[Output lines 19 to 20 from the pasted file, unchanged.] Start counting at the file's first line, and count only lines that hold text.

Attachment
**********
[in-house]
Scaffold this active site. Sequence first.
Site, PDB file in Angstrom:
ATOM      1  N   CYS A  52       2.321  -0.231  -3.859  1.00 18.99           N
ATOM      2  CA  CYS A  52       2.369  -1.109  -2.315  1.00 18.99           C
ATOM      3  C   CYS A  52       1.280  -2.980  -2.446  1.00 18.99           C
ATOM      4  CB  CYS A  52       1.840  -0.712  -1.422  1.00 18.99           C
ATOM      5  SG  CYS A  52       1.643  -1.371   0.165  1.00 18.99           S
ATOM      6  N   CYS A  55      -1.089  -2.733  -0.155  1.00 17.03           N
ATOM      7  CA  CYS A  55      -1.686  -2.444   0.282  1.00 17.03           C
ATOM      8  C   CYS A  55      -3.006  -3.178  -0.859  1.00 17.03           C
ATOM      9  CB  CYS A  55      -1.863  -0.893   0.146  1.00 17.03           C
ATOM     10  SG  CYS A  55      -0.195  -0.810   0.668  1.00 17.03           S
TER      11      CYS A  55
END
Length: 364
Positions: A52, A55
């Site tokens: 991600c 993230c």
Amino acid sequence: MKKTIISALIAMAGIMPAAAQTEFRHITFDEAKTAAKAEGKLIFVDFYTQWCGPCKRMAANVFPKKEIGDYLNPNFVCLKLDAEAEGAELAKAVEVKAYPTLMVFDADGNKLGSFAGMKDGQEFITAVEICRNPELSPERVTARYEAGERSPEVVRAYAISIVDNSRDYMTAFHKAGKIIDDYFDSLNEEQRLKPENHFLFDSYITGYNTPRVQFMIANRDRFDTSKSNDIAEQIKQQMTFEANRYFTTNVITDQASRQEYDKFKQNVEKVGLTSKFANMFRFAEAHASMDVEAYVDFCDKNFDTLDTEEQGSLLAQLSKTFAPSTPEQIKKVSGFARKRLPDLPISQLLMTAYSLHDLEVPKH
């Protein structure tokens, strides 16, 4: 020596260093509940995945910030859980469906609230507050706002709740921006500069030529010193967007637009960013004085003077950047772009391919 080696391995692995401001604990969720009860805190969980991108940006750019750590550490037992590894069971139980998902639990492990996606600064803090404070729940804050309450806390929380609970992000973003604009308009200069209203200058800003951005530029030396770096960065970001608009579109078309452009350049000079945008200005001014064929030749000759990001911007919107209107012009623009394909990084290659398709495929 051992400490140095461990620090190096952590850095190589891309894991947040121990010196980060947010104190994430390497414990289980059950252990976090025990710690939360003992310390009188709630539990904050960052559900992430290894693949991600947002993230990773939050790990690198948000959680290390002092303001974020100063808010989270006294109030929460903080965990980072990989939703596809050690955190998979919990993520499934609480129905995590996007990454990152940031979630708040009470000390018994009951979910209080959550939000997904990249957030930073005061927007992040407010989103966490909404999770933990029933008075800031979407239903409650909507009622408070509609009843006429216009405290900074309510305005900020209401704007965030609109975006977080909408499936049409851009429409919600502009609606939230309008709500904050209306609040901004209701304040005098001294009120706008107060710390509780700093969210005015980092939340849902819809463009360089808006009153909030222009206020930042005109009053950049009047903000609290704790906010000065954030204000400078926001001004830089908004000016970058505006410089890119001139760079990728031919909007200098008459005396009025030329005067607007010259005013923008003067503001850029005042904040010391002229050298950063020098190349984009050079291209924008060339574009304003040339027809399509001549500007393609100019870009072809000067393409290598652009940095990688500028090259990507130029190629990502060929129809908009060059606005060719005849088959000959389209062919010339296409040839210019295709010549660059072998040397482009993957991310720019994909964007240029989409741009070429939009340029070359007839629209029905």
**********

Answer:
Amino acid sequence: MKKTIISALIAMAGIMPAAAQTEFRHITFDEAKTAAKAEGKLIFVDFYTQWCGPCKRMAANVFPKKEIGDYLNPNFVCLKLDAEAEGAELAKAVEVKAYPTLMVFDADGNKLGSFAGMKDGQEFITAVEICRNPELSPERVTARYEAGERSPEVVRAYAISIVDNSRDYMTAFHKAGKIIDDYFDSLNEEQRLKPENHFLFDSYITGYNTPRVQFMIANRDRFDTSKSNDIAEQIKQQMTFEANRYFTTNVITDQASRQEYDKFKQNVEKVGLTSKFANMFRFAEAHASMDVEAYVDFCDKNFDTLDTEEQGSLLAQLSKTFAPSTPEQIKKVSGFARKRLPDLPISQLLMTAYSLHDLEVPKH
């Protein structure tokens, strides 16, 4: 020596260093509940995945910030859980469906609230507050706002709740921006500069030529010193967007637009960013004085003077950047772009391919 080696391995692995401001604990969720009860805190969980991108940006750019750590550490037992590894069971139980998902639990492990996606600064803090404070729940804050309450806390929380609970992000973003604009308009200069209203200058800003951005530029030396770096960065970001608009579109078309452009350049000079945008200005001014064929030749000759990001911007919107209107012009623009394909990084290659398709495929 051992400490140095461990620090190096952590850095190589891309894991947040121990010196980060947010104190994430390497414990289980059950252990976090025990710690939360003992310390009188709630539990904050960052559900992430290894693949991600947002993230990773939050790990690198948000959680290390002092303001974020100063808010989270006294109030929460903080965990980072990989939703596809050690955190998979919990993520499934609480129905995590996007990454990152940031979630708040009470000390018994009951979910209080959550939000997904990249957030930073005061927007992040407010989103966490909404999770933990029933008075800031979407239903409650909507009622408070509609009843006429216009405290900074309510305005900020209401704007965030609109975006977080909408499936049409851009429409919600502009609606939230309008709500904050209306609040901004209701304040005098001294009120706008107060710390509780700093969210005015980092939340849902819809463009360089808006009153909030222009206020930042005109009053950049009047903000609290704790906010000065954030204000400078926001001004830089908004000016970058505006410089890119001139760079990728031919909007200098008459005396009025030329005067607007010259005013923008003067503001850029005042904040010391002229050298950063020098190349984009050079291209924008060339574009304003040339027809399509001549500007393609100019870009072809000067393409290598652009940095990688500028090259990507130029190629990502060929129809908009060059606005060719005849088959000959389209062919010339296409040839210019295709010549660059072998040397482009993957991310720019994909964007240029989409741009070429939009340029070359007839629209029905």